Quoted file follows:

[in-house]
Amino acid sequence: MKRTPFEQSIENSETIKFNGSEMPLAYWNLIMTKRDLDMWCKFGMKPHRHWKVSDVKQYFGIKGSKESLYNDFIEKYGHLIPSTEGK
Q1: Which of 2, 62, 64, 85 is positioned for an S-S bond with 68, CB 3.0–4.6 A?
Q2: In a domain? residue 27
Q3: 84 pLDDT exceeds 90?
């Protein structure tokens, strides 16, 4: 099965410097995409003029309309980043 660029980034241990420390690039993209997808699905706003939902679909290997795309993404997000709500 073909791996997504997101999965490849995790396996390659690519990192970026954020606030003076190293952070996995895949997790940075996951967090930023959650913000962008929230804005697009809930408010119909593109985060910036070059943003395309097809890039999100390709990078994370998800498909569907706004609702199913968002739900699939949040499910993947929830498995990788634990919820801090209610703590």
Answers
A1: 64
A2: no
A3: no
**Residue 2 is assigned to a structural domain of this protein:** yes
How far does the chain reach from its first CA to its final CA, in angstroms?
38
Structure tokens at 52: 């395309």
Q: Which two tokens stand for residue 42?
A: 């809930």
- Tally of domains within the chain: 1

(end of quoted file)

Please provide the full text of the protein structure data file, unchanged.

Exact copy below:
[in-house]
Amino acid sequence: MKRTPFEQSIENSETIKFNGSEMPLAYWNLIMTKRDLDMWCKFGMKPHRHWKVSDVKQYFGIKGSKESLYNDFIEKYGHLIPSTEGK
Q1: Which of 2, 62, 64, 85 is positioned for an S-S bond with 68, CB 3.0–4.6 A?
Q2: In a domain? residue 27
Q3: 84 pLDDT exceeds 90?
């Protein structure tokens, strides 16, 4: 099965410097995409003029309309980043 660029980034241990420390690039993209997808699905706003939902679909290997795309993404997000709500 073909791996997504997101999965490849995790396996390659690519990192970026954020606030003076190293952070996995895949997790940075996951967090930023959650913000962008929230804005697009809930408010119909593109985060910036070059943003395309097809890039999100390709990078994370998800498909569907706004609702199913968002739900699939949040499910993947929830498995990788634990919820801090209610703590």
Answers
A1: 64
A2: no
A3: no
**Residue 2 is assigned to a structural domain of this protein:** yes
How far does the chain reach from its first CA to its final CA, in angstroms?
38
Structure tokens at 52: 């395309």
Q: Which two tokens stand for residue 42?
A: 């809930």
- Tally of domains within the chain: 1